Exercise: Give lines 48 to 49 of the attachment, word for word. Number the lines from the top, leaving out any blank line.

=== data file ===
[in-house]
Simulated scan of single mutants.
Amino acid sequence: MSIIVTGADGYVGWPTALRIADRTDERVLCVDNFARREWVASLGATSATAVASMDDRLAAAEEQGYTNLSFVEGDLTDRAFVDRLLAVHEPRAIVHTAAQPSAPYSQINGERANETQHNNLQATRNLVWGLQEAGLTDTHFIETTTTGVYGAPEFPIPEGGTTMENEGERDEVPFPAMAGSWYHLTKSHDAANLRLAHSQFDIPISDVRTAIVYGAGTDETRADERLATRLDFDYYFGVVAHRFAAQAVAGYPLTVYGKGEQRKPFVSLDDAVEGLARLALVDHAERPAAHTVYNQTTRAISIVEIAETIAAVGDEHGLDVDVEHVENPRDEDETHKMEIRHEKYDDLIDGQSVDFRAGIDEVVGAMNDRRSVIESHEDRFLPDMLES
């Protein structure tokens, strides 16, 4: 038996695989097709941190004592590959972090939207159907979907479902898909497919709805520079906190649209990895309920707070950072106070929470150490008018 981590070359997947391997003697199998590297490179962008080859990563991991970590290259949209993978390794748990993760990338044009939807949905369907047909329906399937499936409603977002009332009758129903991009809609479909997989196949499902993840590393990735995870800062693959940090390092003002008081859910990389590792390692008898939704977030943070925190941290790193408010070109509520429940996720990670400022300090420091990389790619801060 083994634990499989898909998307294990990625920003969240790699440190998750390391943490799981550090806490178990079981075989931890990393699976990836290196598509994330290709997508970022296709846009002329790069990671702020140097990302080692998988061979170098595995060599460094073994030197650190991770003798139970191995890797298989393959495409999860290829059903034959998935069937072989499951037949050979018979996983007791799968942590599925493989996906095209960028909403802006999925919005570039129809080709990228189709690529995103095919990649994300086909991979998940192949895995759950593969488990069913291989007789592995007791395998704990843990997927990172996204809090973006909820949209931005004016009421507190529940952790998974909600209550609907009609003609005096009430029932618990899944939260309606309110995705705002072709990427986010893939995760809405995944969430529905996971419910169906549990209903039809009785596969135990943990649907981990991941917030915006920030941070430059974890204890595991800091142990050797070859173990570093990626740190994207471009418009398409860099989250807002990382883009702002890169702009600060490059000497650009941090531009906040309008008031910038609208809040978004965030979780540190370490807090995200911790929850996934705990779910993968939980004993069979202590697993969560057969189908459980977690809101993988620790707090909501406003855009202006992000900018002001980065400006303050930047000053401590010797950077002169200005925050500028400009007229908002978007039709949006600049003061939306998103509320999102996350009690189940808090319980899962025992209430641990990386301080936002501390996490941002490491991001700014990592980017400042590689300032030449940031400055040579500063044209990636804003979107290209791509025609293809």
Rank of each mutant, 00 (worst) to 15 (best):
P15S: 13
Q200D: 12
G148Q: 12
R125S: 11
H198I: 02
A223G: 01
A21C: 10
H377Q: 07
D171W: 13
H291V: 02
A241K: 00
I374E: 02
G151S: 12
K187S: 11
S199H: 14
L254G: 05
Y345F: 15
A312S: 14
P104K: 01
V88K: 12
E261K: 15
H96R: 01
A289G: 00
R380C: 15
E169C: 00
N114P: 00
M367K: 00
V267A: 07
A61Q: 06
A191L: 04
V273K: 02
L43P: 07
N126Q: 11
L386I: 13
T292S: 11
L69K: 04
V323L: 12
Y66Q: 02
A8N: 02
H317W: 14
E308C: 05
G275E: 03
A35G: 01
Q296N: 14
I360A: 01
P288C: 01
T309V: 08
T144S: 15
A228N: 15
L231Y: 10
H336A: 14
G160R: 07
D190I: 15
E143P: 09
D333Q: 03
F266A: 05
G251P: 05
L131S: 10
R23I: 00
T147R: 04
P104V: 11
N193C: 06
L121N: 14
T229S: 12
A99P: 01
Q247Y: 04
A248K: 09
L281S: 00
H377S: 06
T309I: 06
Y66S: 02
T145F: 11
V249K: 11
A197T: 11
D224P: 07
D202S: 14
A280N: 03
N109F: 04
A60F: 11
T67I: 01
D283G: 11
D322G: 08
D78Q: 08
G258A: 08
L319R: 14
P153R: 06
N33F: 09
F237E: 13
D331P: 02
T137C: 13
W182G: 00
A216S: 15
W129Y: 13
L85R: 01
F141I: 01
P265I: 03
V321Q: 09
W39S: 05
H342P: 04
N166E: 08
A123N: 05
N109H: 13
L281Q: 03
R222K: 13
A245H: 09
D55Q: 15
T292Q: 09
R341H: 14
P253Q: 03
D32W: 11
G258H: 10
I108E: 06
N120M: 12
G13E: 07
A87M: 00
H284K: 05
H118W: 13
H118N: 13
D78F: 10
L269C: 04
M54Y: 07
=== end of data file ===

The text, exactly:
A35G: 01
Q296N: 14